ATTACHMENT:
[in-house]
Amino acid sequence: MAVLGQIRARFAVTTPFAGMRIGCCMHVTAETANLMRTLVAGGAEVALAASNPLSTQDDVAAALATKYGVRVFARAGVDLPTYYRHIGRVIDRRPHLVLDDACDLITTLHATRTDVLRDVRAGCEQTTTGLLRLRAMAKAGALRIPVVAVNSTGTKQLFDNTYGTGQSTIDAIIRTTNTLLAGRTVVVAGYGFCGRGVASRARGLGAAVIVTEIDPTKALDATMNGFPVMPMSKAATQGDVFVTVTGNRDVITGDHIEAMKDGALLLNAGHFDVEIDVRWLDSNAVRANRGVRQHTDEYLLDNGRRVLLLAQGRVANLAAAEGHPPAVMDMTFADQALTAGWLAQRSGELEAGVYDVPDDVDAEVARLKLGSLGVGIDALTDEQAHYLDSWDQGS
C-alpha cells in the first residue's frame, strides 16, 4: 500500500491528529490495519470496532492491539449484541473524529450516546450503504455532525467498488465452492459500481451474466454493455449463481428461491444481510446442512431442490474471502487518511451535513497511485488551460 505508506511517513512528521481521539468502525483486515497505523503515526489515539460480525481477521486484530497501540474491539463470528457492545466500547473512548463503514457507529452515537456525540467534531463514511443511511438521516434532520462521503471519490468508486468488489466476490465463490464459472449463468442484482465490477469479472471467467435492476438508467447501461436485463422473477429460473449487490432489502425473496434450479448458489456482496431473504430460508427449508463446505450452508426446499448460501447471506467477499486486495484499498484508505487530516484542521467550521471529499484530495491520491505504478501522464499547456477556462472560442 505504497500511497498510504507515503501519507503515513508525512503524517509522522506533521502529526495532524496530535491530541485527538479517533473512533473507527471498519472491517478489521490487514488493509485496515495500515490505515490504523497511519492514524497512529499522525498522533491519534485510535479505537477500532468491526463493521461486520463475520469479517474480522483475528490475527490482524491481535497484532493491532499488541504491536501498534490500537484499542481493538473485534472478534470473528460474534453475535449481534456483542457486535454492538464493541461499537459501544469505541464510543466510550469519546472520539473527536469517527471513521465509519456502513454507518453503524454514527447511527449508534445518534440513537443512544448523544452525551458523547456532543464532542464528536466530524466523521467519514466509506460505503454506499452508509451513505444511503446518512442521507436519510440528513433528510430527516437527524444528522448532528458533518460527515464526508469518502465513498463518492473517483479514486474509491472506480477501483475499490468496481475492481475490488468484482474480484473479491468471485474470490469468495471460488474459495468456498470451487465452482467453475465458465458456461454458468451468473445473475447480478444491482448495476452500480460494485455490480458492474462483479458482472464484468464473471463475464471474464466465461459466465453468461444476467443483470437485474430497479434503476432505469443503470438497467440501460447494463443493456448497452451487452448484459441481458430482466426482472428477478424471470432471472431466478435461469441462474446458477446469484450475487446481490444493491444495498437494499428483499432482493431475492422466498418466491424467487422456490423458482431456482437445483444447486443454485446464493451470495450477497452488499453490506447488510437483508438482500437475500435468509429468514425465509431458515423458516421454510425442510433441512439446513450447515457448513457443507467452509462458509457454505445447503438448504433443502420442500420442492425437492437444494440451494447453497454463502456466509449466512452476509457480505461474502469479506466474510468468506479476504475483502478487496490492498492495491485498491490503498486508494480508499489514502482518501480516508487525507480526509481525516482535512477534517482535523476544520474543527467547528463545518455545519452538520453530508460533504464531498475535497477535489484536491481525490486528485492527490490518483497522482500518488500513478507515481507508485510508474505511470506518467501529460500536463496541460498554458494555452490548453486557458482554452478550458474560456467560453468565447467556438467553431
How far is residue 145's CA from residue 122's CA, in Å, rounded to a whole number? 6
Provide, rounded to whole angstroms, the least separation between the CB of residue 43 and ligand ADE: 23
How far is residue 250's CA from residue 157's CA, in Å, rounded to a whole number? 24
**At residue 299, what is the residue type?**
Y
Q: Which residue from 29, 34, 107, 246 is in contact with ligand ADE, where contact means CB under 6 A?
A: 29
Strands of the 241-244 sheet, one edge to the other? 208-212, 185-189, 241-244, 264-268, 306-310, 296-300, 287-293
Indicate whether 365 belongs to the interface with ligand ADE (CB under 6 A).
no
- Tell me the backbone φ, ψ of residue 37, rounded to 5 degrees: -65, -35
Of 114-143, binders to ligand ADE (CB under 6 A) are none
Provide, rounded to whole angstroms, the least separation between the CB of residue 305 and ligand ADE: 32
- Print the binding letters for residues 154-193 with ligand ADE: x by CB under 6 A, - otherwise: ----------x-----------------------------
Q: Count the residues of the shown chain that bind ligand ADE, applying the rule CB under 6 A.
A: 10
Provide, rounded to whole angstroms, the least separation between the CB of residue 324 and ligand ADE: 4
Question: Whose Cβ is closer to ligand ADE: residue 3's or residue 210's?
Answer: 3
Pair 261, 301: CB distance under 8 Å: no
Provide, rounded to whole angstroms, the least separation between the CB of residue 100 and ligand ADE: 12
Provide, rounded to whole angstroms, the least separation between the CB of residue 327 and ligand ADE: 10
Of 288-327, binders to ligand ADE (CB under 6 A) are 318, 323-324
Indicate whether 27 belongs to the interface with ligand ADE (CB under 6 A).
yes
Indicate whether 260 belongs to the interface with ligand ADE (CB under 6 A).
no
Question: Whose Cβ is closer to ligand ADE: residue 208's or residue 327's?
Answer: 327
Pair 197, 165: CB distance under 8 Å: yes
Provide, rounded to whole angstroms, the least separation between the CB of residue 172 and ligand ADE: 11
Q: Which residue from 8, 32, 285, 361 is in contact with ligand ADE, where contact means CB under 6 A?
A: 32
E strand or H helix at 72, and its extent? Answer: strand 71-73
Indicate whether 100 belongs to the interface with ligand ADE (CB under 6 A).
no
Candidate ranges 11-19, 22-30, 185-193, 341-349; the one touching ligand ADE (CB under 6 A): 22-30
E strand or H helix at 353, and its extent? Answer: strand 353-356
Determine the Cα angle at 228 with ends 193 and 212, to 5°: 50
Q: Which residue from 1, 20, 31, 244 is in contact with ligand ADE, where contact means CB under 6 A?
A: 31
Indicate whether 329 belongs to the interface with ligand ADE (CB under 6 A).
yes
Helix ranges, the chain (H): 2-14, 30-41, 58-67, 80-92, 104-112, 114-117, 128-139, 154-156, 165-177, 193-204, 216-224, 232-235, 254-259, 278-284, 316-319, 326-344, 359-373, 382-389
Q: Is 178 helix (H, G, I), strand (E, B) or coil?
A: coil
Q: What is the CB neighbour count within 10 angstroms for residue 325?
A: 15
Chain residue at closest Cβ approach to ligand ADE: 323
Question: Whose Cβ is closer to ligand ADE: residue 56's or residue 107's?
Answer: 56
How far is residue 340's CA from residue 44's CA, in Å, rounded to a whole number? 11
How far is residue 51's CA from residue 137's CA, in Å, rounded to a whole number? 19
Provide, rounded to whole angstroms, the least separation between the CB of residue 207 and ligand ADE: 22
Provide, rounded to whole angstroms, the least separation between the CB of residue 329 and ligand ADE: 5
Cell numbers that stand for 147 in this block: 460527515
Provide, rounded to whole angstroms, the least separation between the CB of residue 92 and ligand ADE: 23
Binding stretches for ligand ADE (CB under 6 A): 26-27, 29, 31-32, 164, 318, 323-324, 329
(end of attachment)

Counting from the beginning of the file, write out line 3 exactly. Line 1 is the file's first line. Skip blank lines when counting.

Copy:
C-alpha cells in the first residue's frame, strides 16, 4: 500500500491528529490495519470496532492491539449484541473524529450516546450503504455532525467498488465452492459500481451474466454493455449463481428461491444481510446442512431442490474471502487518511451535513497511485488551460 505508506511517513512528521481521539468502525483486515497505523503515526489515539460480525481477521486484530497501540474491539463470528457492545466500547473512548463503514457507529452515537456525540467534531463514511443511511438521516434532520462521503471519490468508486468488489466476490465463490464459472449463468442484482465490477469479472471467467435492476438508467447501461436485463422473477429460473449487490432489502425473496434450479448458489456482496431473504430460508427449508463446505450452508426446499448460501447471506467477499486486495484499498484508505487530516484542521467550521471529499484530495491520491505504478501522464499547456477556462472560442 505504497500511497498510504507515503501519507503515513508525512503524517509522522506533521502529526495532524496530535491530541485527538479517533473512533473507527471498519472491517478489521490487514488493509485496515495500515490505515490504523497511519492514524497512529499522525498522533491519534485510535479505537477500532468491526463493521461486520463475520469479517474480522483475528490475527490482524491481535497484532493491532499488541504491536501498534490500537484499542481493538473485534472478534470473528460474534453475535449481534456483542457486535454492538464493541461499537459501544469505541464510543466510550469519546472520539473527536469517527471513521465509519456502513454507518453503524454514527447511527449508534445518534440513537443512544448523544452525551458523547456532543464532542464528536466530524466523521467519514466509506460505503454506499452508509451513505444511503446518512442521507436519510440528513433528510430527516437527524444528522448532528458533518460527515464526508469518502465513498463518492473517483479514486474509491472506480477501483475499490468496481475492481475490488468484482474480484473479491468471485474470490469468495471460488474459495468456498470451487465452482467453475465458465458456461454458468451468473445473475447480478444491482448495476452500480460494485455490480458492474462483479458482472464484468464473471463475464471474464466465461459466465453468461444476467443483470437485474430497479434503476432505469443503470438497467440501460447494463443493456448497452451487452448484459441481458430482466426482472428477478424471470432471472431466478435461469441462474446458477446469484450475487446481490444493491444495498437494499428483499432482493431475492422466498418466491424467487422456490423458482431456482437445483444447486443454485446464493451470495450477497452488499453490506447488510437483508438482500437475500435468509429468514425465509431458515423458516421454510425442510433441512439446513450447515457448513457443507467452509462458509457454505445447503438448504433443502420442500420442492425437492437444494440451494447453497454463502456466509449466512452476509457480505461474502469479506466474510468468506479476504475483502478487496490492498492495491485498491490503498486508494480508499489514502482518501480516508487525507480526509481525516482535512477534517482535523476544520474543527467547528463545518455545519452538520453530508460533504464531498475535497477535489484536491481525490486528485492527490490518483497522482500518488500513478507515481507508485510508474505511470506518467501529460500536463496541460498554458494555452490548453486557458482554452478550458474560456467560453468565447467556438467553431